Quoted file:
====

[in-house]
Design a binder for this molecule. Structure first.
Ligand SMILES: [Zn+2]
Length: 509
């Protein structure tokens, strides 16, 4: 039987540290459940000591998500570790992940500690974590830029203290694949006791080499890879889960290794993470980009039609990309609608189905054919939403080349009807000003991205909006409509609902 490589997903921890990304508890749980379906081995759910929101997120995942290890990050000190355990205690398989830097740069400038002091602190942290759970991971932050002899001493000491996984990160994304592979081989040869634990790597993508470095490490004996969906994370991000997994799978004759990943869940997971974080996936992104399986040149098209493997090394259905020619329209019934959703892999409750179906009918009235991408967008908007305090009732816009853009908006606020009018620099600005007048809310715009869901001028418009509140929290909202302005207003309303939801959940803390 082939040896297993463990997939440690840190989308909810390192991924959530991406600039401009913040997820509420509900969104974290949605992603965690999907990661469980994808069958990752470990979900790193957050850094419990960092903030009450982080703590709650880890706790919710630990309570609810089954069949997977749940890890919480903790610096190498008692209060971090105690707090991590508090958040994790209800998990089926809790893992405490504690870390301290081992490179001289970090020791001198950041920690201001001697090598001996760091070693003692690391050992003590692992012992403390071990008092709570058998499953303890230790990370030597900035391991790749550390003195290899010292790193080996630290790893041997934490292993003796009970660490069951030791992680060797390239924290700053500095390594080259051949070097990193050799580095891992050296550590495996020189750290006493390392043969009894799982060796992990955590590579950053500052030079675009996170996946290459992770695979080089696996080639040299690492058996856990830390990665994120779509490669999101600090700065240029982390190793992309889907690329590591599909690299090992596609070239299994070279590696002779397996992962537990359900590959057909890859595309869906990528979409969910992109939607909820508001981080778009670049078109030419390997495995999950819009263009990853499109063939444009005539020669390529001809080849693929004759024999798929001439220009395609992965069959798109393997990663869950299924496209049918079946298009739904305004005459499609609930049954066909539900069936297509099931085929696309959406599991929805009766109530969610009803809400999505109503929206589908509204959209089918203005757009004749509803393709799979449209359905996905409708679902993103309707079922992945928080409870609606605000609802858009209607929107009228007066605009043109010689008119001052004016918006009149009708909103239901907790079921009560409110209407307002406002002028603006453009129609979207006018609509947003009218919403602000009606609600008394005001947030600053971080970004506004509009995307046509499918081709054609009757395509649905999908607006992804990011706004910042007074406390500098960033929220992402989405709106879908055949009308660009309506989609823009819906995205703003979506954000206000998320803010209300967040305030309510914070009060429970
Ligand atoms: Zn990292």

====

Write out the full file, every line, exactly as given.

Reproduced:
[in-house]
Design a binder for this molecule. Structure first.
Ligand SMILES: [Zn+2]
Length: 509
């Protein structure tokens, strides 16, 4: 039987540290459940000591998500570790992940500690974590830029203290694949006791080499890879889960290794993470980009039609990309609608189905054919939403080349009807000003991205909006409509609902 490589997903921890990304508890749980379906081995759910929101997120995942290890990050000190355990205690398989830097740069400038002091602190942290759970991971932050002899001493000491996984990160994304592979081989040869634990790597993508470095490490004996969906994370991000997994799978004759990943869940997971974080996936992104399986040149098209493997090394259905020619329209019934959703892999409750179906009918009235991408967008908007305090009732816009853009908006606020009018620099600005007048809310715009869901001028418009509140929290909202302005207003309303939801959940803390 082939040896297993463990997939440690840190989308909810390192991924959530991406600039401009913040997820509420509900969104974290949605992603965690999907990661469980994808069958990752470990979900790193957050850094419990960092903030009450982080703590709650880890706790919710630990309570609810089954069949997977749940890890919480903790610096190498008692209060971090105690707090991590508090958040994790209800998990089926809790893992405490504690870390301290081992490179001289970090020791001198950041920690201001001697090598001996760091070693003692690391050992003590692992012992403390071990008092709570058998499953303890230790990370030597900035391991790749550390003195290899010292790193080996630290790893041997934490292993003796009970660490069951030791992680060797390239924290700053500095390594080259051949070097990193050799580095891992050296550590495996020189750290006493390392043969009894799982060796992990955590590579950053500052030079675009996170996946290459992770695979080089696996080639040299690492058996856990830390990665994120779509490669999101600090700065240029982390190793992309889907690329590591599909690299090992596609070239299994070279590696002779397996992962537990359900590959057909890859595309869906990528979409969910992109939607909820508001981080778009670049078109030419390997495995999950819009263009990853499109063939444009005539020669390529001809080849693929004759024999798929001439220009395609992965069959798109393997990663869950299924496209049918079946298009739904305004005459499609609930049954066909539900069936297509099931085929696309959406599991929805009766109530969610009803809400999505109503929206589908509204959209089918203005757009004749509803393709799979449209359905996905409708679902993103309707079922992945928080409870609606605000609802858009209607929107009228007066605009043109010689008119001052004016918006009149009708909103239901907790079921009560409110209407307002406002002028603006453009129609979207006018609509947003009218919403602000009606609600008394005001947030600053971080970004506004509009995307046509499918081709054609009757395509649905999908607006992804990011706004910042007074406390500098960033929220992402989405709106879908055949009308660009309506989609823009819906995205703003979506954000206000998320803010209300967040305030309510914070009060429970
Ligand atoms: Zn990292």